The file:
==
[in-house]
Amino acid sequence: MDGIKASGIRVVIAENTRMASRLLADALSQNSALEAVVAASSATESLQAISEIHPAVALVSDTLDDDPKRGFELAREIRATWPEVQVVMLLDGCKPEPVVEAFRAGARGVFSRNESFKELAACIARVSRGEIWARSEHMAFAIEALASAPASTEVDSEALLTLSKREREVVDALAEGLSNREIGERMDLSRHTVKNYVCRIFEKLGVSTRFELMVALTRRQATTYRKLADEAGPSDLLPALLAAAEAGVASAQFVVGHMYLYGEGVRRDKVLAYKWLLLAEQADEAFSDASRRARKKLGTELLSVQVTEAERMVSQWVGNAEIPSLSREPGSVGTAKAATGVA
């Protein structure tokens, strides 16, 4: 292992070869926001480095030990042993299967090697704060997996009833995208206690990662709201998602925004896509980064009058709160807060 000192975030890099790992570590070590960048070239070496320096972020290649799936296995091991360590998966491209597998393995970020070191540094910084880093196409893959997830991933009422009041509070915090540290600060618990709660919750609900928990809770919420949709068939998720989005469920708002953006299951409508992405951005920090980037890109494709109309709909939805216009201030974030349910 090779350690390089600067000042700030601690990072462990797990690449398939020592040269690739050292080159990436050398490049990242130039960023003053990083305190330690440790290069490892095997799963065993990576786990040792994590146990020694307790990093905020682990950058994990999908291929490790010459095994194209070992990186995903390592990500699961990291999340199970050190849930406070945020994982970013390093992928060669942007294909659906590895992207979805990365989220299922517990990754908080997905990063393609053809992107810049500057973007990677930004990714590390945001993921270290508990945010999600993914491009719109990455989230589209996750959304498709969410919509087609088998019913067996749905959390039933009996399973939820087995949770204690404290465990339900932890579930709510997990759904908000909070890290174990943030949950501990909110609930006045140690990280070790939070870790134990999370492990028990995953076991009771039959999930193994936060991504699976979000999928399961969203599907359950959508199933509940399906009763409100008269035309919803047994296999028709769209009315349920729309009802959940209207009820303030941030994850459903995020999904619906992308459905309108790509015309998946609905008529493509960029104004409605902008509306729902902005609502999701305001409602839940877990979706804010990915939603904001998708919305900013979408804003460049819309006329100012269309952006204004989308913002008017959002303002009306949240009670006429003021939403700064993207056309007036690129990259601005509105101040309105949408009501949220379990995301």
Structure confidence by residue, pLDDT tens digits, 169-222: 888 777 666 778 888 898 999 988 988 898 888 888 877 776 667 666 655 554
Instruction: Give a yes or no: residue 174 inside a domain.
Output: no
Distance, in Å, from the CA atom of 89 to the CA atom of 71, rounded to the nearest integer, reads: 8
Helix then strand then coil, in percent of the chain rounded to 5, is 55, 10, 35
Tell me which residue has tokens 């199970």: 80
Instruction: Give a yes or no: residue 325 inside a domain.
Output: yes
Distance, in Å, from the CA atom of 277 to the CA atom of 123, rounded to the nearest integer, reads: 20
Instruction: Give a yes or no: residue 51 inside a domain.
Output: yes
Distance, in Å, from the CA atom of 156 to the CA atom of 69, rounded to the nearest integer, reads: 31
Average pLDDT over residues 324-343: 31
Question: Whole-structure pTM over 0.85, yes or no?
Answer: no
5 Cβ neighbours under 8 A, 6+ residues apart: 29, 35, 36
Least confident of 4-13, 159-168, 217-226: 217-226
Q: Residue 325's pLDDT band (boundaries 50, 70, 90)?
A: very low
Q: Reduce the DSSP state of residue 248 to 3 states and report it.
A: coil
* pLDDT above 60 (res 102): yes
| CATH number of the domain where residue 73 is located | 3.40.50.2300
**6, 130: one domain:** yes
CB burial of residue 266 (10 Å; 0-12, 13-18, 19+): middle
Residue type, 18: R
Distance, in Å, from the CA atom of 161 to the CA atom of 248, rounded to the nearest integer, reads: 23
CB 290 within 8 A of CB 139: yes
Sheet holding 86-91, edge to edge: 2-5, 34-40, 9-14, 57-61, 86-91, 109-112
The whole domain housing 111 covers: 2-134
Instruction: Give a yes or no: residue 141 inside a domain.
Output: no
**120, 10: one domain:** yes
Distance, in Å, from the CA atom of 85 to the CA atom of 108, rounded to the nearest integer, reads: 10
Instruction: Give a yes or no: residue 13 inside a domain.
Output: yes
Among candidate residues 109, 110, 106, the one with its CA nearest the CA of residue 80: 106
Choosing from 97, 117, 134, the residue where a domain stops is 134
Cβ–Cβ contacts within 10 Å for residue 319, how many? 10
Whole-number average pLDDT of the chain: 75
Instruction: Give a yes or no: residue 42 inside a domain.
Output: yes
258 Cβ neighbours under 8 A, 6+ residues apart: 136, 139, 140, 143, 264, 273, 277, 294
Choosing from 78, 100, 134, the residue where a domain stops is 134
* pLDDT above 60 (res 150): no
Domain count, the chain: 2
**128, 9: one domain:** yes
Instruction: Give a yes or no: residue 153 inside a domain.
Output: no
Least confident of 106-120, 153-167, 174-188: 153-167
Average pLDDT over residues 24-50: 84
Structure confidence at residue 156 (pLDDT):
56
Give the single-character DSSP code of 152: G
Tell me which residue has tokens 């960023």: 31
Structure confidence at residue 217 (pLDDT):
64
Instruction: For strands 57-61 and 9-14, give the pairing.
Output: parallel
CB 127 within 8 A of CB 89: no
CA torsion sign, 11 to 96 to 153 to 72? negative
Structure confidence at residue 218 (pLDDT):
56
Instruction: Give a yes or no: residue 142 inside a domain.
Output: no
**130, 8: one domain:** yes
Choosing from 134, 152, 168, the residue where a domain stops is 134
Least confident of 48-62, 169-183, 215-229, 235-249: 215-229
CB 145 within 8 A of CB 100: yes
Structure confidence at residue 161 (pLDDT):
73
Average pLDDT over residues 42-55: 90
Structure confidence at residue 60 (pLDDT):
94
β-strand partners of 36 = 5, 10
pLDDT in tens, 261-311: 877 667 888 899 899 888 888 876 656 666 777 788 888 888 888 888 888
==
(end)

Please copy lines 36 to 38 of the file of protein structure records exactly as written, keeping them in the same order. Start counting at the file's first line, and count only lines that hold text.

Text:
**120, 10: one domain:** yes
Distance, in Å, from the CA atom of 85 to the CA atom of 108, rounded to the nearest integer, reads: 10
Instruction: Give a yes or no: residue 13 inside a domain.